One of the books in The Readers Summer Book Club that I am really pleased I was introduced to after Gavin suggested it go on the list was ‘Redemption in Indigo’ by Karen Lord. I have to admit I hadn’t really been aware of the book and whilst I loved the sound of it being based on an old folk/fairytale (especially after the success I had with Eowyn Ivey’s ‘The Snow Child’ earlier this year) I do admit the fact it has been labelled as ‘speculative’ or ‘genre’ fiction did concern me a little. I am not a genre snob; I just occasionally worry that if things get too outlandish I might lose the thread. There is a fine line, for me, between fantastical and fantasy but I thought “in for a penny, in for a pound” and so it was chosen.
It has been said that ‘Redemption in Indigo’ is simply a retelling of an old Senegalese folk talk of a woman who married a man who couldn’t stop eating and then left him. However Karen Lord does so much more than that as whilst the premise of the novel starts out with Paama leaving her gluttenous husband Ansige the tale then goes off into a world of its own, and indeed its a world like our own yet utterly unlike it. You might be reading a newpaper in the local bar and turn and find a huge spider talking to you, you may be spied on by djombi (spirits) overtaking insects or small children to do so or you may end up being given what looks like a rather antique stick without realising it is the Chaos Stick, once owned by the Indigo Lord, which gives you magical powers. These are the things that happen to characters in ‘Redemption in Indigo’ in fact in the latter case it is really what the whole book is about.
I want to, and am indeed about to, use the cliché that this book had me rather spell bound, and I think that is all to do with the fact it is rather fantastical and magical yet also because I loved the way in which the book was written and the story told. You see the story is quite literally told to you in the form, most of us were lucky enough to have, of your parent/s telling you after they had tucked you in to bed at night. The unnamed storyteller even makes a joke of adding in ‘once upon a time’ a few paragraphs in. I found it rather beguiling and found myself lost in a mixed state of reading a book that I felt was reading itself to me, a rare and rather unusual experience which had a certain warmth to it.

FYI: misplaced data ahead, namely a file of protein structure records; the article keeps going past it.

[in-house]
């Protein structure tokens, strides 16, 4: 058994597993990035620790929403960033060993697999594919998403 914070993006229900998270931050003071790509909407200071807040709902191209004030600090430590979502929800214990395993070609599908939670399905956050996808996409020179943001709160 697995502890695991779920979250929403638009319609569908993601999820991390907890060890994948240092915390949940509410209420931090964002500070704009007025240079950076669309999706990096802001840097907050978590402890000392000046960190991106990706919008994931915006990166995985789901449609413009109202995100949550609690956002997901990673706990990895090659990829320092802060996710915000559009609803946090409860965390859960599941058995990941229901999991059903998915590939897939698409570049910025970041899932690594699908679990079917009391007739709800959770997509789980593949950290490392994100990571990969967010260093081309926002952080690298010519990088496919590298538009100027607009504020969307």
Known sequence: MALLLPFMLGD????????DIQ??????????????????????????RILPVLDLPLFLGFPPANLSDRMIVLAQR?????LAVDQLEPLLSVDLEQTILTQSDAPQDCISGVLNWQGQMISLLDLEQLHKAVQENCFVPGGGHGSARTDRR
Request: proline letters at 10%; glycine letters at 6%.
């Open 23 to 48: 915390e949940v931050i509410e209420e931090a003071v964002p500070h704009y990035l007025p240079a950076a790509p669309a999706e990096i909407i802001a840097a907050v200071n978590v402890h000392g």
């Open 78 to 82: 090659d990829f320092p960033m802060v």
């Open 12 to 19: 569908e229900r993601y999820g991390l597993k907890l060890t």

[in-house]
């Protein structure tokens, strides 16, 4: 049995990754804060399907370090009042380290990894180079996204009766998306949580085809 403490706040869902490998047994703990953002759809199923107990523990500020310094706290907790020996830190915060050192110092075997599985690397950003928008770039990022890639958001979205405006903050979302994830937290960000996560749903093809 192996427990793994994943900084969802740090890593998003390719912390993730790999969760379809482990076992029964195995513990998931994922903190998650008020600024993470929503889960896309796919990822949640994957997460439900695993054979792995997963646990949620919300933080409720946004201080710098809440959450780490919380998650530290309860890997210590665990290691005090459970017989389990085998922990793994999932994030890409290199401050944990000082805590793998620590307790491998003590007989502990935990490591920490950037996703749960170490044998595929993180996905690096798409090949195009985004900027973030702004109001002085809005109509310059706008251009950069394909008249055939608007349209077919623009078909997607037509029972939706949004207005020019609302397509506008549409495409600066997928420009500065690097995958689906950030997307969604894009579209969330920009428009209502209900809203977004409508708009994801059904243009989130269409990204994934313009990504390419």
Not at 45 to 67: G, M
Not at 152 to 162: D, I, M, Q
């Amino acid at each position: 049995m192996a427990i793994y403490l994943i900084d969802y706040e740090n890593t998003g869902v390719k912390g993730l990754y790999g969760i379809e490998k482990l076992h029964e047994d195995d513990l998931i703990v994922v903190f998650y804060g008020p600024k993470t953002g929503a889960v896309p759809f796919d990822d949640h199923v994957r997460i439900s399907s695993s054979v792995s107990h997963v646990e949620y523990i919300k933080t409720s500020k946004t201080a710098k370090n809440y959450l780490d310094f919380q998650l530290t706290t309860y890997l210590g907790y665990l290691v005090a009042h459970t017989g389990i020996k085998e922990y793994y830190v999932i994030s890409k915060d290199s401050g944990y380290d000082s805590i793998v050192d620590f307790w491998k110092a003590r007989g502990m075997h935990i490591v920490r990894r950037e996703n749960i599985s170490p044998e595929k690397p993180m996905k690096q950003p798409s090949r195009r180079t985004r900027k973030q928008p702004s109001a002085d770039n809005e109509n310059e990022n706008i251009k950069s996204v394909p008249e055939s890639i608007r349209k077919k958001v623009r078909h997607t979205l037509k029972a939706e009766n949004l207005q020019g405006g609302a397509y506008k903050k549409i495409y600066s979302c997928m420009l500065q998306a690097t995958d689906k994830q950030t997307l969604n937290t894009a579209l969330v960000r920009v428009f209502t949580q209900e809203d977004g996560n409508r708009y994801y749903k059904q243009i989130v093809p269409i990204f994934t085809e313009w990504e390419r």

In fact if you could call a book ‘warm’ then that would be exactly how I would describe ‘Redemption in Indigo’ full stop. It has the almost cosy-like warmth of the narrator, then there is the warmth of the setting of the book (I couldn’t work out if it was African or Caribbean whilst reading, I have discovered it was the latter) there is also a real warm humour throughout the book both with some of the scrapes Paama’s husband ends up in on his quest for food and with the narrator dropping in little asides as we go on further.
“I know your complaint already. You are saying, how do two grown men begin to see talking spiders after only three glasses of spice spirit? My answer to that is twofold. First, you have no idea how strong spice spirit is made in that region. Second, you have no idea how talking animals operate. Do you think they would have survived long if they regularly made themselves known?”
It is also a rather delightfully enigmatic book. As I mentioned before I couldn’t really place exactly where the book was set, in terms of continent as all the villages etc are wonderfully described. Nor, as I read on, could I quite determine the time period it was set in, one moment people are reading magazines in a busy city, the next they are going by horse and cart down dusty tracks in the middle of nowhere, oh and once the Indigo Lord turns up people travel by bubble. I also liked the elements of mini stories within the stories, it is very much a story about storytelling the more I think about it. My only slight quibble was that I wanted more, more about Paama’s sister, her life before and much more about what the Indigo Lord and the chaos stick before we meet them and maybe a little more chaos after we do. Here I should say that by more I don’t mean this book was lacking anything, I literally mean I wanted more of all the elements and more of Lord’s writing.
I’m still slightly puzzled by the labelling of ‘speculative’ or ‘genre’ fiction on ‘Redemption in Indigo’ for me it was simply a wonderfully told rather magical story, but the debate goes on and I don’t want to open that can of worms. If you like a fantastical folk/fairytale then I would heartily recommend it. I was more than happy to simply be taken along with the book, its narrator and its characters and enjoy myself with the magical moments as they came and went.
Has anyone else read Karen Lord’s debut? What did you make of it? Is it genre or literary? Does it even matter?
I read this book for The Readers Summer Book Club, if you would like to hear the author discussing the book you can on this week’s episode of The Readers Summer Book Club here.